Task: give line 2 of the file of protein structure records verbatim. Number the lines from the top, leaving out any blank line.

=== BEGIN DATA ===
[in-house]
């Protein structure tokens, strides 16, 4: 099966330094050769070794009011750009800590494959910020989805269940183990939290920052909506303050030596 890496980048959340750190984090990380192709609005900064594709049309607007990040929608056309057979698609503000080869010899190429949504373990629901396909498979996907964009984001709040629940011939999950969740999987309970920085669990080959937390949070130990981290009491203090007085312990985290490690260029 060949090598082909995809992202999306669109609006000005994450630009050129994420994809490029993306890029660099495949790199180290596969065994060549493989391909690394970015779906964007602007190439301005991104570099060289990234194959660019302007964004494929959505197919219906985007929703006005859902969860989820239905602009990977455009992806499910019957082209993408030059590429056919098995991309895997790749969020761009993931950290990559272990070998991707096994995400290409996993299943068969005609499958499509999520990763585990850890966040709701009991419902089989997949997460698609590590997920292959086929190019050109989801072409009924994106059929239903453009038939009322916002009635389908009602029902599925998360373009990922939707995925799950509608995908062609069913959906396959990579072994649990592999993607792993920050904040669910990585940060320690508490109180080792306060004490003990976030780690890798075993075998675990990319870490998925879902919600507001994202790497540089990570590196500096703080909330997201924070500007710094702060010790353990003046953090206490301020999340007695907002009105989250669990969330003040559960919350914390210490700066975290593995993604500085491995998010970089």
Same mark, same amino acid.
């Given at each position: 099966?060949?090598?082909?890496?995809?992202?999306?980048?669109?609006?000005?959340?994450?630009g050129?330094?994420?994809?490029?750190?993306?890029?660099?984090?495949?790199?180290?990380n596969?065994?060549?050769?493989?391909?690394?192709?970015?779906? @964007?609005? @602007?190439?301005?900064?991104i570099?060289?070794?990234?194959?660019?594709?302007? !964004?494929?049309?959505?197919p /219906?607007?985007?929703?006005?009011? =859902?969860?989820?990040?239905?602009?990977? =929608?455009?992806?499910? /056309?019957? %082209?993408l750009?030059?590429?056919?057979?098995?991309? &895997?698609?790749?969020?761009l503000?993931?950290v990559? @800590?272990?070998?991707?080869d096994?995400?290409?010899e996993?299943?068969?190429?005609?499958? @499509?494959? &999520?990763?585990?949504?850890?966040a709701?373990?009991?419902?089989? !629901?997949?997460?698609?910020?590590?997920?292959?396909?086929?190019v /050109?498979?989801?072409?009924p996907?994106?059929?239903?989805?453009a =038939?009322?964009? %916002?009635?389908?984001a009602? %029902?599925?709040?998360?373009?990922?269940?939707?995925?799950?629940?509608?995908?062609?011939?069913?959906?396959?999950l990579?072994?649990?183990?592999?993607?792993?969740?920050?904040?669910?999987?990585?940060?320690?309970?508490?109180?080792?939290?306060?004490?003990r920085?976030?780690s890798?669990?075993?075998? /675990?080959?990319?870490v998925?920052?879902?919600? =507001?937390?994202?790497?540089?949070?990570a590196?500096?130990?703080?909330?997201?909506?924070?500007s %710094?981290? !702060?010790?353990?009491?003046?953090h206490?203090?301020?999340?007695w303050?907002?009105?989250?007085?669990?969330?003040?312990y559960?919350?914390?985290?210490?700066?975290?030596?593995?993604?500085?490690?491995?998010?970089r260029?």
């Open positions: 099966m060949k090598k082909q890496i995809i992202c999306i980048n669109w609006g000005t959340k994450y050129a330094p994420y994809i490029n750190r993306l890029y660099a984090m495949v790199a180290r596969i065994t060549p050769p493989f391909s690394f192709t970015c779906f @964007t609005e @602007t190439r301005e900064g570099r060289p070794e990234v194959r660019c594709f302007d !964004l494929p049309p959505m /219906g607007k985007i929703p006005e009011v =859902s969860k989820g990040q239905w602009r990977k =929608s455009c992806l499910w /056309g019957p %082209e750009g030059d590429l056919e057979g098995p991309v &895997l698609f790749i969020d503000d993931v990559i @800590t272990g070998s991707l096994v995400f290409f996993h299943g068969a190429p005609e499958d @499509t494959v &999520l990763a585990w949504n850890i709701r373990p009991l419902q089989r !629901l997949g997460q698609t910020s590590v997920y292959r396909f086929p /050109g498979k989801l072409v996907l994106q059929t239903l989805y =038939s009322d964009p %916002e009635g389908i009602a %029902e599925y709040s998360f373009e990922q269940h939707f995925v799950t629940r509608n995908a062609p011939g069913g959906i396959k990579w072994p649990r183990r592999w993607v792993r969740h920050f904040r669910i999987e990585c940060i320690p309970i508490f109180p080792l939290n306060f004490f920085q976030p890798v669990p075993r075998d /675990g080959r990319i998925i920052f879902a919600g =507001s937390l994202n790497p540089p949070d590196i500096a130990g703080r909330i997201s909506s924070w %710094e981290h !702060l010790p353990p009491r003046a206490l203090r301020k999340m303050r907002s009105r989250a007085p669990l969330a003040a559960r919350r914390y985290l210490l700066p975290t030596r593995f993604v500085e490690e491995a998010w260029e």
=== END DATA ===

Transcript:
């Protein structure tokens, strides 16, 4: 099966330094050769070794009011750009800590494959910020989805269940183990939290920052909506303050030596 890496980048959340750190984090990380192709609005900064594709049309607007990040929608056309057979698609503000080869010899190429949504373990629901396909498979996907964009984001709040629940011939999950969740999987309970920085669990080959937390949070130990981290009491203090007085312990985290490690260029 060949090598082909995809992202999306669109609006000005994450630009050129994420994809490029993306890029660099495949790199180290596969065994060549493989391909690394970015779906964007602007190439301005991104570099060289990234194959660019302007964004494929959505197919219906985007929703006005859902969860989820239905602009990977455009992806499910019957082209993408030059590429056919098995991309895997790749969020761009993931950290990559272990070998991707096994995400290409996993299943068969005609499958499509999520990763585990850890966040709701009991419902089989997949997460698609590590997920292959086929190019050109989801072409009924994106059929239903453009038939009322916002009635389908009602029902599925998360373009990922939707995925799950509608995908062609069913959906396959990579072994649990592999993607792993920050904040669910990585940060320690508490109180080792306060004490003990976030780690890798075993075998675990990319870490998925879902919600507001994202790497540089990570590196500096703080909330997201924070500007710094702060010790353990003046953090206490301020999340007695907002009105989250669990969330003040559960919350914390210490700066975290593995993604500085491995998010970089």